Ever since I worked in a mental hospital for a few years, schizophrenia has fascinated me. I now have a modest collection of first-person accounts of psychosis written by recovered patients, as well as some written by patients who have not recovered. My small library includes Daniel Paul Schreber's classic Denkwürdigkeiten eines Nervenkranken (full text in German), Thomas Hennell's The Witnesses, and many others. A recent acquisition is Barbara O'Brien's utterly fascinating Operators and Things, in which she recounts her 6-month journey around the U.S. in 1958 trying to evade the Hook Operators:
Whenever I think of the Hook Operators now, I see a picture of a man with a hook stuck in his back. The hook is attached to a rope and the rope hangs from a ceiling. At the end of the rope, unable to get his feet on solid ground, the man dangles in the air, his face distorted in agony, his arms and legs thrashing about violently.
Behind him stands the Hook Operator. Having operated his hook successfully, the Hook Operator stands by with his other instruments, the knife and the hatchet. He watches the thrashing man, speculating, considering, If necessary, he will move in and cut the victim’s throat, or with his hatchet cleave through the victim’s head.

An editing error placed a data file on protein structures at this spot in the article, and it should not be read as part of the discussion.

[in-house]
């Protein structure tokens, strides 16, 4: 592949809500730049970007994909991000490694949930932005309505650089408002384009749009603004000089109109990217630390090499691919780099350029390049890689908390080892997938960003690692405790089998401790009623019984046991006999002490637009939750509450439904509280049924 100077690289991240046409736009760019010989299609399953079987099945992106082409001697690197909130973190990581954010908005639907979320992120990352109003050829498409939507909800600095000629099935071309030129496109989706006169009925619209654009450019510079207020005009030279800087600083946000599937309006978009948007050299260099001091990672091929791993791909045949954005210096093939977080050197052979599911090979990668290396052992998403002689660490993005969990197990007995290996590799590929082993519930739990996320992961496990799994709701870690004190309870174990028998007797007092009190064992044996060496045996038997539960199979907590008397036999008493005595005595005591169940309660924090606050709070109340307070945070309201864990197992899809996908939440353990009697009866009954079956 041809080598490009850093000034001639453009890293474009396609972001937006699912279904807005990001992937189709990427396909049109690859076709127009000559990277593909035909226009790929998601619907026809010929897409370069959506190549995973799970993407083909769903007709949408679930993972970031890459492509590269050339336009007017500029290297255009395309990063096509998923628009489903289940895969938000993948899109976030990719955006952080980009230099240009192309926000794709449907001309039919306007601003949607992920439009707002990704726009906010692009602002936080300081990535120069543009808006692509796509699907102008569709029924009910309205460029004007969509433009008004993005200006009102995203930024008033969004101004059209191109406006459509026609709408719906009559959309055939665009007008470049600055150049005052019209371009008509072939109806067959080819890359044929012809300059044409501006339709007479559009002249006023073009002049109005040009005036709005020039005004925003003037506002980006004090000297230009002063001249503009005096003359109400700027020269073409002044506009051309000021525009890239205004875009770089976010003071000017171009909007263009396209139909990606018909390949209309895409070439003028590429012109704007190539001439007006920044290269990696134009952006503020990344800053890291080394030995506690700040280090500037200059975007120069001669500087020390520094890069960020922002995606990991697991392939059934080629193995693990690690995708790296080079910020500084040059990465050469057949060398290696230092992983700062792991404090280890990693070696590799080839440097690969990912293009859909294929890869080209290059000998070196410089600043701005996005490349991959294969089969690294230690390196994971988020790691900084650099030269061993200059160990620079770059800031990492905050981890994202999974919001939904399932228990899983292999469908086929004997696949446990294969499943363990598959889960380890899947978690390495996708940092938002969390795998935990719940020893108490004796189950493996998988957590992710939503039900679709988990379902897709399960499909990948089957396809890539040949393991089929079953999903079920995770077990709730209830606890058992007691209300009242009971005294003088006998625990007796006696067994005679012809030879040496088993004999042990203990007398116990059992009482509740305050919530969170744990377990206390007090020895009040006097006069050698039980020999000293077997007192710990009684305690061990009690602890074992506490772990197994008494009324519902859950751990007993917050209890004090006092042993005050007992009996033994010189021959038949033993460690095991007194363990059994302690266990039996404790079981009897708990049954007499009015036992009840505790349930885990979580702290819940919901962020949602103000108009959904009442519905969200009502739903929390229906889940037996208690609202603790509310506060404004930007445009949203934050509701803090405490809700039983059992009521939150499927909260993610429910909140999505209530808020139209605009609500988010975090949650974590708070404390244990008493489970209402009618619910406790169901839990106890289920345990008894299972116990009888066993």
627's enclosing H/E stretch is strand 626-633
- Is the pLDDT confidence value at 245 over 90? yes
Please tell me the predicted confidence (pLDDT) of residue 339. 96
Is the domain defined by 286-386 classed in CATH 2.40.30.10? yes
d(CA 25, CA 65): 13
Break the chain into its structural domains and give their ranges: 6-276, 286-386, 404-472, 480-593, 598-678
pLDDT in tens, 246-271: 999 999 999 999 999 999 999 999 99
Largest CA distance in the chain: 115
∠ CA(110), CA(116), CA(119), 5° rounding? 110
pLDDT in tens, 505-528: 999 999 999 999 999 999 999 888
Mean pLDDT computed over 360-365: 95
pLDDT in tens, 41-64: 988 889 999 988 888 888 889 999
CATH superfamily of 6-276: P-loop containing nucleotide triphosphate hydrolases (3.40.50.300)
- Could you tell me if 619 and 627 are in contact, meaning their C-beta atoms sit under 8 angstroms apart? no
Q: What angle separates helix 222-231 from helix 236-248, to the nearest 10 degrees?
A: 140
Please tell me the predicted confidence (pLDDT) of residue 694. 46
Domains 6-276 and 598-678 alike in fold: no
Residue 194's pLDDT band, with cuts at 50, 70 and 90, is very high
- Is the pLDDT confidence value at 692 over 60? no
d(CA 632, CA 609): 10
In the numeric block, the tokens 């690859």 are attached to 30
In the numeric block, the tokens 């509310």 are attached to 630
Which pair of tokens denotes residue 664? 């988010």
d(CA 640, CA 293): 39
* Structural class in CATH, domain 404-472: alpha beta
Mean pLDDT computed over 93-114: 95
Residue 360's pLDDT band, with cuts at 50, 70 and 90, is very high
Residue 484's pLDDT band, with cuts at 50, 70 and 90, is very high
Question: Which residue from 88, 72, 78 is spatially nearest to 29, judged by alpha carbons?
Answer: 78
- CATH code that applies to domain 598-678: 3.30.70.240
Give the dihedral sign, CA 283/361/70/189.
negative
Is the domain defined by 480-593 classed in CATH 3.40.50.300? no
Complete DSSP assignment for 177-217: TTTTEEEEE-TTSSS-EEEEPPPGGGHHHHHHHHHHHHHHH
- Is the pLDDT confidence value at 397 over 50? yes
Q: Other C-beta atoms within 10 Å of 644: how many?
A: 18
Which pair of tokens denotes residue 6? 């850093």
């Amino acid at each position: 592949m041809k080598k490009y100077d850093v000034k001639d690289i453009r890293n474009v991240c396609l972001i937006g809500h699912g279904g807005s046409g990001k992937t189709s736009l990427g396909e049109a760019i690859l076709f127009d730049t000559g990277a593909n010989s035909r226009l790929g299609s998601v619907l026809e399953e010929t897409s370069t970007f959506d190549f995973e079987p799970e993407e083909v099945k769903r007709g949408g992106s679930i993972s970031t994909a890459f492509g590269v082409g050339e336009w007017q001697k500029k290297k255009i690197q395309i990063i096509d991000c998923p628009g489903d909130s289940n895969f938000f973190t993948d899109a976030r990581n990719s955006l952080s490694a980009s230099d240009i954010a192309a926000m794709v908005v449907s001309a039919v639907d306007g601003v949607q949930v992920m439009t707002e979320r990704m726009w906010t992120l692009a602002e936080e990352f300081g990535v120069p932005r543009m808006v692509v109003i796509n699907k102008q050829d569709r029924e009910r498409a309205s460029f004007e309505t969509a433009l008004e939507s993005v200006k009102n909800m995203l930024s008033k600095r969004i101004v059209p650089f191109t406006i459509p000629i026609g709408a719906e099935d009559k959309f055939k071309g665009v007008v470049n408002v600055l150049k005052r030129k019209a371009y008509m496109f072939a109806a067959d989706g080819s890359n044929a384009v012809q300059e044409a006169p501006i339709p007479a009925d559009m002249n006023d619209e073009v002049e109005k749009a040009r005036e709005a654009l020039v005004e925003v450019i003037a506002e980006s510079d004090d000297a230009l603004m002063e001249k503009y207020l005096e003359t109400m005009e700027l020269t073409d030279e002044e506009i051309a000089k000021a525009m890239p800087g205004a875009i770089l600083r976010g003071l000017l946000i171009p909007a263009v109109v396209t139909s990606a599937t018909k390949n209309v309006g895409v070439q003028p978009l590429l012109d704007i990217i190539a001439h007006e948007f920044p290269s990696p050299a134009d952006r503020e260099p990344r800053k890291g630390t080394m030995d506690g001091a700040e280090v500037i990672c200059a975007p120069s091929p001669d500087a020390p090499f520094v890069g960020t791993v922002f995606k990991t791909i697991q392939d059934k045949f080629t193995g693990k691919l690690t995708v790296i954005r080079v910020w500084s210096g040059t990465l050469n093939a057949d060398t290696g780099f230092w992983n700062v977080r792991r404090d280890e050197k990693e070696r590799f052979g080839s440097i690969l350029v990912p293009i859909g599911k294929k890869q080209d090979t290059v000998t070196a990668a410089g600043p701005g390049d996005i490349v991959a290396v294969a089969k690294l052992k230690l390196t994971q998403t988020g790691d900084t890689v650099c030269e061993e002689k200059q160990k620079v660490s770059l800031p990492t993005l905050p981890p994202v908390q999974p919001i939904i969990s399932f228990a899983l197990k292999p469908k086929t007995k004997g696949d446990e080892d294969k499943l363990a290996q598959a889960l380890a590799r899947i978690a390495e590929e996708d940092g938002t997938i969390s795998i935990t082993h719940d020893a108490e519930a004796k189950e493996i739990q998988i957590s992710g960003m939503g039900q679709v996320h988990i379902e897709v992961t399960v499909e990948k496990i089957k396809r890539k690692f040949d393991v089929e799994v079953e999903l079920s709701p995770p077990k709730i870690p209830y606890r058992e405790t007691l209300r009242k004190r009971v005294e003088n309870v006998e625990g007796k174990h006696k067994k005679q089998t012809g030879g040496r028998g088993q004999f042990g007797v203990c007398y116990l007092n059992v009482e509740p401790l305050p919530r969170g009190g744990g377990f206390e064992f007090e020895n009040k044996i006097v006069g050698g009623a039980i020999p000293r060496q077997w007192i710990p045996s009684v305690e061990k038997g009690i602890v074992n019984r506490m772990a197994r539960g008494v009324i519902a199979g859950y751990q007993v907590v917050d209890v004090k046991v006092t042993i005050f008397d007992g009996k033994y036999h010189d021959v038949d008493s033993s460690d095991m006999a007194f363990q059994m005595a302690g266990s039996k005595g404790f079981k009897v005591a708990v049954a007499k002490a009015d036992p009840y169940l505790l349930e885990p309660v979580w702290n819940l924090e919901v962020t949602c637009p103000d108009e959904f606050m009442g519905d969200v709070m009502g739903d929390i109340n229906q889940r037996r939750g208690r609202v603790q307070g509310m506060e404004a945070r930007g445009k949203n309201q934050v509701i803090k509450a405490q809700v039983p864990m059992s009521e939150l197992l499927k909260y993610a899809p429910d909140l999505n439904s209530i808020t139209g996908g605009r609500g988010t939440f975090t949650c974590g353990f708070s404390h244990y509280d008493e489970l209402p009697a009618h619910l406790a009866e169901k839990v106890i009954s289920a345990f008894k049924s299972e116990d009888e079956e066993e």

The Hook Operator is a maker of tools and if he is an expert tool-maker, the hook alone will serve his purpose. The victim, in his thrashing to be free of the hook, will most likely cut into his back the crippling gorge the Hook Operator seeks. The Hook Operator waits and watches. What a man will do, once he is caught on the hook, is always a gamble. There is the chance, of course, that the man may squirm off the hook, in which case the Hook Operator will move in with his other weapons.
There is, too, the chance that the victim may accomplish more than the Hook Operator strives for and crack his backbone or, giving an unexpected twist to his thrashing, tear himself completely in two. Should break or schism occur, the Hook Operator as much as anyone may pause in distress, surveying a wreckage he did not seek and for which he feels no guilt. When he hooks, cuts, or cleaves, his object is not to destroy but to impede and remove. Not personal animosity but competition has impelled him to use his weapons. The man on the hook was not an enemy but an obstacle. Even had the Hook Operator cut his competitor’s throat he would have cut it sufficiently but no more; had he cleaved his skull, he would have cleaved it just enough. Of his weapons, the hook is considered the least barbaric, the one which requires the most skill and the one for which he will receive the least censure.
You can download the entire book for free here. Unlike many such accounts, O'Brien's book has a sort of happy ending: her subconscious generates an incredibly complex and ultimately successful strategy to knit her mind back together.
Now for the bleg: What are some other first-hand memoirs of psychosis in German? What I'm interested in are first-hand accounts written by people who experienced psychotic breaks and then went on to describe them in book or article form. They're pretty rare in any language, but I imagine there must be a number of them in German. Any tips will be gratefully acknowledged.